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If You Enjoy Living Off The Land The Louisiana Swamp Is The Place To Be

By Edited Sep 7, 2015 0 0

Living off the land can be a lot of work, not to mention the dangers of confronting the wild.  But for the outdoorsman, living on the edge comes with the territory.  In the Louisiana swamps and bayou’s, if one is not familiar with the landscape, the waterways, how to get out of trouble when you find yourself in trouble, it would be wise to hire an experienced guide.  The swamp is no place for the faint of heart, especially for the new kid on the block when there is an ever present danger lurking a few feet away. 

The experience of catching small crawdads, shrimp, alligator, bullfrog, snapping turtle, catfish, gar, and crab is rewarding for when you prepare these scrumptious, reptiles, amphibians, fish, crustaceans and arthropods using Cajun style cooking, the end result is a mouthwatering delicious meal that stays with you for life. 

To fish for crawdads it requires a basket, a relative cheap buy.  In shallow waters, one could even use a window screen.  Tie the four corners with string, tie bacon down in the middle of the screen and you’re good to go.  For the basket, you would want to use bait that smells rancid, pork or chicken will do.  Even a punctured can of dog food will work.  The crawdads will go all out to find anything that smells bad.  Fishing for shrimp requires special netting and rigging attached to the boat as well as other accessories needed to go shrimping, i.e., baskets, culling tools, fantail, etc. 

At night, gigging large bullfrogs can be a challenge for the swamps are riddled with water moccasins and copperheads.  Shooting snapping turtles can also be a challenge but they are a delicious eat when prepared and cooked right.  Fishing for cats as well as gar requires no special fishing gear other than normal tackle.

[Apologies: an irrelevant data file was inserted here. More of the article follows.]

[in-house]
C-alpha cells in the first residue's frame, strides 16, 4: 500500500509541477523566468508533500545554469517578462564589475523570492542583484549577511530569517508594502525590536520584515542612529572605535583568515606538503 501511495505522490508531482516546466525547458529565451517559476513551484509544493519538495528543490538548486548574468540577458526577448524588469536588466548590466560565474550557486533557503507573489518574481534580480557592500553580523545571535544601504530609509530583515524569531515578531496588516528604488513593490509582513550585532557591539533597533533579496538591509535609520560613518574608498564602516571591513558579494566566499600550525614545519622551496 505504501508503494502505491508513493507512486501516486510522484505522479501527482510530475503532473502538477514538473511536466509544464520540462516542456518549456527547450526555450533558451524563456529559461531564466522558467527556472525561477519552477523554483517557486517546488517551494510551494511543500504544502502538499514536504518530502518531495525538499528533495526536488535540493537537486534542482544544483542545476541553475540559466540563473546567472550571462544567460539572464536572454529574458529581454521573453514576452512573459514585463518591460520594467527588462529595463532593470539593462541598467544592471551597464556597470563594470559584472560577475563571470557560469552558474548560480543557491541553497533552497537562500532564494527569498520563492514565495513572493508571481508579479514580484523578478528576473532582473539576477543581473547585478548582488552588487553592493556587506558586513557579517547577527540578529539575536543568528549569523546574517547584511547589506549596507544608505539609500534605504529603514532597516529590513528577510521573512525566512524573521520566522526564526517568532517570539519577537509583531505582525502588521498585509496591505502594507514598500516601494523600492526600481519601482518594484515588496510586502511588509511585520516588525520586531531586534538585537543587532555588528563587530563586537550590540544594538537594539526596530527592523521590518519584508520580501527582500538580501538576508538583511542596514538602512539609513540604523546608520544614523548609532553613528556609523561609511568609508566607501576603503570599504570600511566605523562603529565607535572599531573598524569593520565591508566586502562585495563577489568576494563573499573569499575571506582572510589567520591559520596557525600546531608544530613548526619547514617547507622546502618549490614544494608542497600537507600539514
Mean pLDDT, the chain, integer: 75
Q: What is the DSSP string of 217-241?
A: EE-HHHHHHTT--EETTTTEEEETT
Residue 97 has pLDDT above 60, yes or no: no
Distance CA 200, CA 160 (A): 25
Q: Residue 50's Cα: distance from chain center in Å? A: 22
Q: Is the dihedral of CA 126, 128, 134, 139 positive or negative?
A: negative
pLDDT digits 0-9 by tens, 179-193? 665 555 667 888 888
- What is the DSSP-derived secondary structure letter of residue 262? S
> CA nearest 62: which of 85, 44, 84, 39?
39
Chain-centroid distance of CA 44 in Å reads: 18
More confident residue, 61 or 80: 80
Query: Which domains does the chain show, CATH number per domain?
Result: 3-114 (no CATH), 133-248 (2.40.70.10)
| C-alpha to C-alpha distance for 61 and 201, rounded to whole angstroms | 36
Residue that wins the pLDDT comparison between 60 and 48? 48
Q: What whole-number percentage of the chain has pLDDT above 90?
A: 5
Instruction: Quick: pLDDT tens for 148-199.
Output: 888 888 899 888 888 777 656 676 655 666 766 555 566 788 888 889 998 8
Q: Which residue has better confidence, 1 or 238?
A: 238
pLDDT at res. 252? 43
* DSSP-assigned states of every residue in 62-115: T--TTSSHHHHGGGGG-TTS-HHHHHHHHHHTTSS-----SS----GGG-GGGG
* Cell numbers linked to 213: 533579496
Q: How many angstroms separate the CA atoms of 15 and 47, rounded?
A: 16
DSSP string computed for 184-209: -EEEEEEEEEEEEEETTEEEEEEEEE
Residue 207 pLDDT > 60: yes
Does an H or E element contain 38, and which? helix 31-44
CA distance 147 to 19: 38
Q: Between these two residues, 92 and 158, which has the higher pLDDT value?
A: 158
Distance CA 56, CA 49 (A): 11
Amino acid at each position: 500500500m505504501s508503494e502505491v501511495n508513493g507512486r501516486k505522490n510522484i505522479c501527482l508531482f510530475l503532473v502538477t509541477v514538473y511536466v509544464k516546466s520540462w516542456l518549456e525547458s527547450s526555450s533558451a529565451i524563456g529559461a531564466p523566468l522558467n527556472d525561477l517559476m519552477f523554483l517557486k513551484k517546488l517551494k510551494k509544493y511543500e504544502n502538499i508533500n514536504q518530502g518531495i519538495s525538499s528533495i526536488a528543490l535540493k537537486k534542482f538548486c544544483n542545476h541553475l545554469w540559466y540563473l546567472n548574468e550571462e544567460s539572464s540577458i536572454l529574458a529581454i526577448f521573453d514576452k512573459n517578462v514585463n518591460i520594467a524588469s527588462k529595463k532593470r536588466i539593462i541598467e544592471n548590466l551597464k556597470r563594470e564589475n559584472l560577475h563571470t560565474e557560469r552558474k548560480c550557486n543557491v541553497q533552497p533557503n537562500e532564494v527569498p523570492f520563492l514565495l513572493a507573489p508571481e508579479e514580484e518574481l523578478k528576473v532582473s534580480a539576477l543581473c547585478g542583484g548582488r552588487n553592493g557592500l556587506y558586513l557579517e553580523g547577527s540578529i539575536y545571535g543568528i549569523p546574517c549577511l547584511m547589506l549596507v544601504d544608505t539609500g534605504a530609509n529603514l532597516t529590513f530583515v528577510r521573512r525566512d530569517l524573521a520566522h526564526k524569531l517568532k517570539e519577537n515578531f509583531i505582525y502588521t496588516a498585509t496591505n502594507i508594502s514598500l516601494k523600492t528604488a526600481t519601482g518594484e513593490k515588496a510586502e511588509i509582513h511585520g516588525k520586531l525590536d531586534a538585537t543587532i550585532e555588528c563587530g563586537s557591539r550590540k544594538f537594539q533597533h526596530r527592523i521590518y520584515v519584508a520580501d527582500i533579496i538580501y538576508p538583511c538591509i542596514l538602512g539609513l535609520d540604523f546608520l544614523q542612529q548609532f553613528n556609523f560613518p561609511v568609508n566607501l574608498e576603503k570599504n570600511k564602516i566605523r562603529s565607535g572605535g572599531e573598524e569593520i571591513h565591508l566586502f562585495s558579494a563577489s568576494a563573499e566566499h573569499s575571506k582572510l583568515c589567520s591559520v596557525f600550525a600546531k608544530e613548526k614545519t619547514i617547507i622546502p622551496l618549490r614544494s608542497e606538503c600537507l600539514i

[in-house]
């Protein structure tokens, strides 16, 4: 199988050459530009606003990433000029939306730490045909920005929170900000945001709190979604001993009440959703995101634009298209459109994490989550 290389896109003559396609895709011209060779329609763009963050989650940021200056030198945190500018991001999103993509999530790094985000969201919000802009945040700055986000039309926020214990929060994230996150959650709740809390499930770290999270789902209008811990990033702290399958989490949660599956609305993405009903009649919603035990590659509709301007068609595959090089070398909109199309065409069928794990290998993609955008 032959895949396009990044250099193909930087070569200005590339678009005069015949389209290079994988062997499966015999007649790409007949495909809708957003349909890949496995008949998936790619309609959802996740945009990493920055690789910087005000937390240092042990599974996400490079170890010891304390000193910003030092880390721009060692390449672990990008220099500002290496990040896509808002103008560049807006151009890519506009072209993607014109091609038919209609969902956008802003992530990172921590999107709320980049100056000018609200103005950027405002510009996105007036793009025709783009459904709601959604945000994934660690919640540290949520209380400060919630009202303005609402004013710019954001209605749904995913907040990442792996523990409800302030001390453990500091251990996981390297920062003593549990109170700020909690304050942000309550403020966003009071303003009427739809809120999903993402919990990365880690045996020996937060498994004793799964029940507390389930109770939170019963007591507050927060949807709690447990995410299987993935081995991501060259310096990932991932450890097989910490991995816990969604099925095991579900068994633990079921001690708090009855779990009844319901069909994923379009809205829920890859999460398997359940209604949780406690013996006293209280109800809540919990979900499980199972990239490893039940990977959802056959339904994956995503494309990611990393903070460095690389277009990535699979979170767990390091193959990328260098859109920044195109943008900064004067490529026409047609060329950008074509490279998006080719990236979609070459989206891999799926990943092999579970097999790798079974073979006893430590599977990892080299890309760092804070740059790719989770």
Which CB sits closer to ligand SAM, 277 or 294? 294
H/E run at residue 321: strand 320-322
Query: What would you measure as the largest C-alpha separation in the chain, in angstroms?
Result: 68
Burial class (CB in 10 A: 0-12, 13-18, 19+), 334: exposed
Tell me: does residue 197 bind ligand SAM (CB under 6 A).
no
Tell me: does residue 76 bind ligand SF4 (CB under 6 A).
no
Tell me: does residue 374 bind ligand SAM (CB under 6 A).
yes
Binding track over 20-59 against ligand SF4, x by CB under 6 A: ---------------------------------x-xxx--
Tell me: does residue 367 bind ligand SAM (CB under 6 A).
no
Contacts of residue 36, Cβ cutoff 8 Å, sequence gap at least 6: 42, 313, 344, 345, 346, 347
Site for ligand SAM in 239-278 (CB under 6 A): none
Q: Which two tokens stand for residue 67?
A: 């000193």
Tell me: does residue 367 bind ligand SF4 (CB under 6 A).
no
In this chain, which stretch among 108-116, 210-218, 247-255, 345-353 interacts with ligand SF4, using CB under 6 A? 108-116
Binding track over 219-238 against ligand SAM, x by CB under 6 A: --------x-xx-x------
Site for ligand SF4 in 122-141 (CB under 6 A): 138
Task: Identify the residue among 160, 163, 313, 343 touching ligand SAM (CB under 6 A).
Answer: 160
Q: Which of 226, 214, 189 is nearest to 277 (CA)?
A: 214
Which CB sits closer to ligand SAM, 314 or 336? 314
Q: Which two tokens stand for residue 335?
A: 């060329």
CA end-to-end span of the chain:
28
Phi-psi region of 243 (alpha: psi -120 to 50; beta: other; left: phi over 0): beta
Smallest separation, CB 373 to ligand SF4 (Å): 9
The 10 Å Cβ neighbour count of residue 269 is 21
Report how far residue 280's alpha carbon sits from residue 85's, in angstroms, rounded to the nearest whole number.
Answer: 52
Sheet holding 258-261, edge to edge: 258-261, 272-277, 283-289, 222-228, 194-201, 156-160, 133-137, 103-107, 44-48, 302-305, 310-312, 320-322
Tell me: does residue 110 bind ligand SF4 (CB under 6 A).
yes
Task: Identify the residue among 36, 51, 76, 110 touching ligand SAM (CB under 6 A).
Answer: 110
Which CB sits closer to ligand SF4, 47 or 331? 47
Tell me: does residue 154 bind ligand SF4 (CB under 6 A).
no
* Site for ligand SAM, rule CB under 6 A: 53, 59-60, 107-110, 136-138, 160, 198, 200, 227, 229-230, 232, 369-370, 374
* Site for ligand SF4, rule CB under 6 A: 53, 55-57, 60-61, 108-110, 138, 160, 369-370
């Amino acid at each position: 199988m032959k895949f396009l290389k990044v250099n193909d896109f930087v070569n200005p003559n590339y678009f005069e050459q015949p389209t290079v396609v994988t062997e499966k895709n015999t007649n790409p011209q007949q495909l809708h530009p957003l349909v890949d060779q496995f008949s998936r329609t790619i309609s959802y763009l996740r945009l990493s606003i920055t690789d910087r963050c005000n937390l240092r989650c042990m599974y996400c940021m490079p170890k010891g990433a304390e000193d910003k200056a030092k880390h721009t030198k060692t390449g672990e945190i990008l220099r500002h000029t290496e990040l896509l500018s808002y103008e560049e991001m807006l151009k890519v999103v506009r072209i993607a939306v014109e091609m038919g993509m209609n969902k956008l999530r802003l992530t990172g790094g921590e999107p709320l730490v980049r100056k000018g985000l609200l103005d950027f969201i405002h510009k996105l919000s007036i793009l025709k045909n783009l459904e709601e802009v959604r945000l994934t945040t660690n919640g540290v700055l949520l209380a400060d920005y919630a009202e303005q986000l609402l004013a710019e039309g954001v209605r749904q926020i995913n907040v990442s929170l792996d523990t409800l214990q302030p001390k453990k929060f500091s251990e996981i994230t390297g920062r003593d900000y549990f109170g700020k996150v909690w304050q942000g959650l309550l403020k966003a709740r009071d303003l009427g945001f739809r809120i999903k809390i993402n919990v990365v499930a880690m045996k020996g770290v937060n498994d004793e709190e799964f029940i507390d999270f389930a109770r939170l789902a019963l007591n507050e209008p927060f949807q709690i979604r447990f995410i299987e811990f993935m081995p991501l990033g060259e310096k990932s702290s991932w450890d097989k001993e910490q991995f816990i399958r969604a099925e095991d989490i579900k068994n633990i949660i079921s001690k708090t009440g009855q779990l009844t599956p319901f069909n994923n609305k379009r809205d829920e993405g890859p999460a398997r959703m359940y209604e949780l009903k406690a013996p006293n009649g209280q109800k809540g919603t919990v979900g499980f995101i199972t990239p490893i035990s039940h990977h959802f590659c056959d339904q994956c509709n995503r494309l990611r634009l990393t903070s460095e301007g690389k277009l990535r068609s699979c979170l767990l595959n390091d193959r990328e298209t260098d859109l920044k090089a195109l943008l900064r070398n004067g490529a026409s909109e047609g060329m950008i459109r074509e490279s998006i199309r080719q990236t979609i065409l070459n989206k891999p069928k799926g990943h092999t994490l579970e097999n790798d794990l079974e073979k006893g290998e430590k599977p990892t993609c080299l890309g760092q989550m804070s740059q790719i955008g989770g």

Hunting alligators is an entirely different matter.  Depending on one’s skills and body size, hunting alligators will determine what size you can handle when getting the dead alligator into the boat.  Setting the baited hook is the easy part; it’s reeling in the thrashing gator then shooting a quarter size spot in the back of its head.  This method of catching alligator is not only the hard part but the most dangerous.  A 200 lb man can with some effort roll a gator weighing up to 400 lbs into the boat.  Gators weighing more than 400 lbs will require an extra set of hands, or an onboard hand winch with crane.  Cajuns have used different kinds of baits such as chicken, or whatever, using their special rotting juices and coating to lure the alligator. 

Having the right equipment can mean the difference in how much food you can catch, more importantly, in saving your life.  To fish or to catch alligators, or anything else, one has to have a boat to get into places that are not normally traveled by foot.  Having a min of a 15 hp, or larger outboard motor is needed to operate a 24-27 ft boat.  Ideally, having a .22 rifle and a larger caliber rifle equipped with a scope is perfect to have in the boat.  I always carry a sidearm for extra protection when I need it. 

Having several large weighted 14/0 treble hooks to snag an underwater alligator is needed as well.  Other equipment such as bamboo poles, large 18/0 baiting hooks, pole to snag lines, premade bait lines that consist of using 20 ft of 100 lb braided test line, used as a leader, then have a 50 lb mono test line used as a backer.  The amount of fishing and hunting equipment varies with individuals and there are many ways to make hunting easier. 

There is a lot to learn about living in the Louisiana swamps and bayous.  Having a home where you can park your boat trailer and have the facility of skinning an alligator, as well as preparing other meals is ideal.  There are certain restrictions on when you can hunt alligators and shrimp for commercial purposes, however, if you live in Louisiana, and live off the land, you can catch whatever you need to live on.

  

© 2013 James Ian MacIntosh all rights reserved

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